Like any new beginning, our birthday is an ideal time to sharpen our priorities, realign our perspective and rededicate ourselves to living the very best life that we can. On her eighteenth birthday, Princess Victoria of Great Britain wrote in her journal, “How old! And yet how far I am from being what I should be...I shall from this day take the firm resolution to study...to keep my attention always well fixed on whatever I am about, and strive everyday to become less trifling and more fit for what, if Heaven wils (sic) it, I’m someday to become!”

The Moon Watcher's Companion by Donna Henes

Every Autumn I take time out of time during the two-week period surrounding my birthday. I usually retreat to some extent and fast to some degree. This experience is intended to center me and slow me down. It is my birthday gift to myself. During my fast/retreat I devote myself completely to cleansing and centering myself: body, mind and spirit, in readiness for the future. I rinse my system with fresh water and teas, I clean my house and altars and I use yoga, meditation and t’ai chi to flush my mind clear of the mental detritus that I have accumulated.

I use this time to ruminate upon the year just past and plan for the one to come. For this purpose, I have kept a birthday book since the early 1980’s. Once a year in this most cherished ritual, I focus myself completely on the recording and evaluation of my recent experiences and actions. How have I grown? What have I learned? And what is it that I just can’t seem to get through my thick skull?

My Birthday Book is my personal performance review. In it, I process my impressions and my lessons, plot my progress, polish my perspective, ponder my problems and obstacles, plan my goals, and prepare my Self mentally, physically, emotionally and spiritually to move forward in a positive manner.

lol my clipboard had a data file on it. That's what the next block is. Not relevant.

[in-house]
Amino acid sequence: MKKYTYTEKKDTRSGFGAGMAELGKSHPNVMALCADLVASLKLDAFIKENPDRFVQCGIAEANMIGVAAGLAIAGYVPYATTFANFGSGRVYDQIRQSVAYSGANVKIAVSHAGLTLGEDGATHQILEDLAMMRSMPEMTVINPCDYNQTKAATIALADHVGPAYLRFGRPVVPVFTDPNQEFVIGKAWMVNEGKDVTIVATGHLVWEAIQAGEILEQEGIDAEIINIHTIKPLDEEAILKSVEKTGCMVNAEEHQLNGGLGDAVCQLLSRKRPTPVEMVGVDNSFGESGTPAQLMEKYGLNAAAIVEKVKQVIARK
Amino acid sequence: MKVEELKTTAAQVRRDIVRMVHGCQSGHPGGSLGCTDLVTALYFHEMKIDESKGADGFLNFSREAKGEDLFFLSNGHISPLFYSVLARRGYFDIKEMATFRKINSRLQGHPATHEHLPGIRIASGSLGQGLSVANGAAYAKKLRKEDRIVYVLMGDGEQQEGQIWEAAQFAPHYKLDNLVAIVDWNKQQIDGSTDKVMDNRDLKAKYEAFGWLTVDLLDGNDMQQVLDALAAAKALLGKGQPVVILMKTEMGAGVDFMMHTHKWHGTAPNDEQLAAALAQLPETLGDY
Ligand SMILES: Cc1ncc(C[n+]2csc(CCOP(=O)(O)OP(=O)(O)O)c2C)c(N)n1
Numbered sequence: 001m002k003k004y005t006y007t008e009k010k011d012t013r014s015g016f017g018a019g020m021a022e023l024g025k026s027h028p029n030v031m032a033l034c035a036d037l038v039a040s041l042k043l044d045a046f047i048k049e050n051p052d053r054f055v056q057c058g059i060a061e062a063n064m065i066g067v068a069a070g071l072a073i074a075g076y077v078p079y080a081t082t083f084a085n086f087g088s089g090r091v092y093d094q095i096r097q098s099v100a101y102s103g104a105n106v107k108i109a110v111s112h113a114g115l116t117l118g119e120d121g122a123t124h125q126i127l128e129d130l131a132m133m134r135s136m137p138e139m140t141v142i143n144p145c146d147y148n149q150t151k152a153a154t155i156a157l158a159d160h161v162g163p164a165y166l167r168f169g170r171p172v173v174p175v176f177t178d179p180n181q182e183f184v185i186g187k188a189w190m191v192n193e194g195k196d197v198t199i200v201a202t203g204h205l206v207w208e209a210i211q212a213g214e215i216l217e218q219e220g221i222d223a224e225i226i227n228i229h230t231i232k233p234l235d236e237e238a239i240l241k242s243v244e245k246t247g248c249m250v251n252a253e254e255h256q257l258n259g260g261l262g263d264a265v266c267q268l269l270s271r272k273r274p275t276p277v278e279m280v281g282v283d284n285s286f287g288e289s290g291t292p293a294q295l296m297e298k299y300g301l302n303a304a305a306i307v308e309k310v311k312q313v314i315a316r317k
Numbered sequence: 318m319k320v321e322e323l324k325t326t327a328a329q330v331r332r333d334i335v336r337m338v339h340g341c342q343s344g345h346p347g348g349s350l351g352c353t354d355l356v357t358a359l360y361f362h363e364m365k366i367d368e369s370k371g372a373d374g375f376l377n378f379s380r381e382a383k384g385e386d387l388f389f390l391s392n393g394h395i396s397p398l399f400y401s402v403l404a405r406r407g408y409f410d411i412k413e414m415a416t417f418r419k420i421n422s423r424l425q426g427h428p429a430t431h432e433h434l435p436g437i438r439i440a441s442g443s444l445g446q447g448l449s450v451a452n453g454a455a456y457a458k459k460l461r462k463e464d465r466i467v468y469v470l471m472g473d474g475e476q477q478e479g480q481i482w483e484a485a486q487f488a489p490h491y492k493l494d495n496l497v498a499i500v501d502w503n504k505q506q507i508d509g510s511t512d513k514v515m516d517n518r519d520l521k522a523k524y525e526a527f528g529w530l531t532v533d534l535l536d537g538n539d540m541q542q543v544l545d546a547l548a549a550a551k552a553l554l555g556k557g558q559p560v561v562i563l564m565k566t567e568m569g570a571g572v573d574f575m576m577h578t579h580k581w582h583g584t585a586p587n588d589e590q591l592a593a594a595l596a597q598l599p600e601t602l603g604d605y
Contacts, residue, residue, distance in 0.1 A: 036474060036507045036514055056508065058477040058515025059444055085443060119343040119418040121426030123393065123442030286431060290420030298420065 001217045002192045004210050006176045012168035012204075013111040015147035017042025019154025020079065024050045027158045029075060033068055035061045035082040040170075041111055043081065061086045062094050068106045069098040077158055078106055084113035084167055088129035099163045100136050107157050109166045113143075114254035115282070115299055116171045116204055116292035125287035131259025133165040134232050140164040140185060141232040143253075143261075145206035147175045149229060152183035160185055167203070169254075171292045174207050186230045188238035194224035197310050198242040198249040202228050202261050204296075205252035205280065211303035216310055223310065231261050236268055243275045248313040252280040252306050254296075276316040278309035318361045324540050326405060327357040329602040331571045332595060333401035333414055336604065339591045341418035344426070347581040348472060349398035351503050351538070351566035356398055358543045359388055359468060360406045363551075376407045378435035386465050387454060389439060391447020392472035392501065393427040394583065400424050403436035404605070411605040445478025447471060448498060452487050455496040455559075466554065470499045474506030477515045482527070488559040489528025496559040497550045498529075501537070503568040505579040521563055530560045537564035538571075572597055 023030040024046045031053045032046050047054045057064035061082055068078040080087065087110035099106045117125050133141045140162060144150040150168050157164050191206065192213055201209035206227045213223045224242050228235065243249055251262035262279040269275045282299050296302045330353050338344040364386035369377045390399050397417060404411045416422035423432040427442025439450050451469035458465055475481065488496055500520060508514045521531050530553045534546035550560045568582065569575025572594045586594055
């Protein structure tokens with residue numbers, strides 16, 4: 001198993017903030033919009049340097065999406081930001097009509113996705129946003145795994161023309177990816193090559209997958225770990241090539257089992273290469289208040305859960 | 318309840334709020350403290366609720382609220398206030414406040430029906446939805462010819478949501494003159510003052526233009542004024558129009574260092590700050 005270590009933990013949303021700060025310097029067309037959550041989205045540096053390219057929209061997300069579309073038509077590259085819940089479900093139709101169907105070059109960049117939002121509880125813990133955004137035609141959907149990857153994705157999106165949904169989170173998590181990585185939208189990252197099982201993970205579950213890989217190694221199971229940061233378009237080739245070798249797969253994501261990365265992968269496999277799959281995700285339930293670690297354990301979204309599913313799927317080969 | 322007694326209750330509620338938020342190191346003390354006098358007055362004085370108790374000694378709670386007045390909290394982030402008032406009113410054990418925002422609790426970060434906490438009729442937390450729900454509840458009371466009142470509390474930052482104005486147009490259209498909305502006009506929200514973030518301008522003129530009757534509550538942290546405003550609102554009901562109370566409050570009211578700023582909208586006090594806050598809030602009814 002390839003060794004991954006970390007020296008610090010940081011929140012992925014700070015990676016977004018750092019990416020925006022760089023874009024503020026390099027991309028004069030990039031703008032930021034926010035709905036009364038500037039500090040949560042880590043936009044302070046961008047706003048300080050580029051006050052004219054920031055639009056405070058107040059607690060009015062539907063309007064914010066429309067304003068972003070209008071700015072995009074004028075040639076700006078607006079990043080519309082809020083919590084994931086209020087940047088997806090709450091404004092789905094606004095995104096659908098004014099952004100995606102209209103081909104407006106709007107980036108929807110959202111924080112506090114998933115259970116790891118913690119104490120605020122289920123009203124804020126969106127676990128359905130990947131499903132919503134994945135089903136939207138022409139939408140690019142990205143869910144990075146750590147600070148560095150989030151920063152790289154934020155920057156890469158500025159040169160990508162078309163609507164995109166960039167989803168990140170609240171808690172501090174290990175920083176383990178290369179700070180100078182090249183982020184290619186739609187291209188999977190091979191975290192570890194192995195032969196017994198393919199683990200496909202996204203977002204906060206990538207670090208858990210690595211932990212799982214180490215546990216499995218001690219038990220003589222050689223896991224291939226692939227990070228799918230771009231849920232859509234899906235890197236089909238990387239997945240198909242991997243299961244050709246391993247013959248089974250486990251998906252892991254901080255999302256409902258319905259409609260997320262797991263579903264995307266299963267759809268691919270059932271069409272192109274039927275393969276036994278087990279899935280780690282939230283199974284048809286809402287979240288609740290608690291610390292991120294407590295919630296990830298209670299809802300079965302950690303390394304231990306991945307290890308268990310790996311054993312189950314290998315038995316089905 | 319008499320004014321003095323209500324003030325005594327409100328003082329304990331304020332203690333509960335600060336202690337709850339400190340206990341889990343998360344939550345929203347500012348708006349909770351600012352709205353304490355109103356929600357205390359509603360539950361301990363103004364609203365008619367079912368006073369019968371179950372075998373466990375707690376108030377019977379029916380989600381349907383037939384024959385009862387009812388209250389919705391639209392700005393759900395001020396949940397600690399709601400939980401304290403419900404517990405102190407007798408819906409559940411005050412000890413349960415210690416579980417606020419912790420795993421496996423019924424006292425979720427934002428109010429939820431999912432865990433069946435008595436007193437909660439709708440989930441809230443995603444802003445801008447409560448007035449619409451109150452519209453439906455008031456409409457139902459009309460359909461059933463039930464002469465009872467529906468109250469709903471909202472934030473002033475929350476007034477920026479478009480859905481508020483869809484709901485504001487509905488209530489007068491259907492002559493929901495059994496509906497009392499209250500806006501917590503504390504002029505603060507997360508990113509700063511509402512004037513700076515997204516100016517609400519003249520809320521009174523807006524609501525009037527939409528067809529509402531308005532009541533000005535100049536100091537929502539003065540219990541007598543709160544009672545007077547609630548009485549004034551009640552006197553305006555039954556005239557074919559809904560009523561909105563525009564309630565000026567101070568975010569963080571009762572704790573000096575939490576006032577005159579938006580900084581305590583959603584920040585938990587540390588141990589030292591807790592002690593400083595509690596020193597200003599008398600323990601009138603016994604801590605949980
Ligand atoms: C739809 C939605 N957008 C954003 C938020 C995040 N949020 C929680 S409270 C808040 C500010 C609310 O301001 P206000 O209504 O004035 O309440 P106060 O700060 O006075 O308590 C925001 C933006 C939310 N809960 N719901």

New Year is the birthday of time. So this is a perfect time to turn the page in the book of our lives and begin a new chapter. Who are we? Where did we come from? Where are we going? Why? How? When, if not now?

We are going to put words on them ourselves.
The book is called Opportunity and its first
chapter is New Year's Day.
--Edith Lovejoy Pierce

© Copyright 2006 Donna Henes.  All Rights Reserved. 

Donna Henes
Donna Henes, Urban Shaman, is the editor and publisher of the highly acclaimed quarterly, Always In Season: Living In Sync with the Cycles. She is also the author of "THE QUEEN OF MY SELF: Stepping Into Sovereignty in Midlife
," "Moon Watcher's Companion," "Celestially Auspicious Occasions: Seasons, Cycles and Celebrations" and "Dressing Our Wounds In Warm Clothes," as well as the CD, "Reverence To Her: Mythology, The Matriarchy & Me." In 1982, she composed the first (and to this date, the only) satellite peace message in space: "chants for peace * chance for peace."

Mama Donna, as she is affectionately known, has offered lectures, workshops, circles, and celebrations worldwide for 30 years. She is the director of Mama Donna's Tea Garden & Healing Haven, a ceremonial center, ritual consultancy and spirit shop in Exotic Brooklyn, New York.

For further information, a list of services and publications, a calendar of upcoming events and a complimentary issue of Always in Season: Living in Sync with the Cycles. contact:

PO Box 380403
Exotic Brooklyn, NY 11238-0403 
Phone/Fax 718-857-2247
Email: CityShaman@aol.com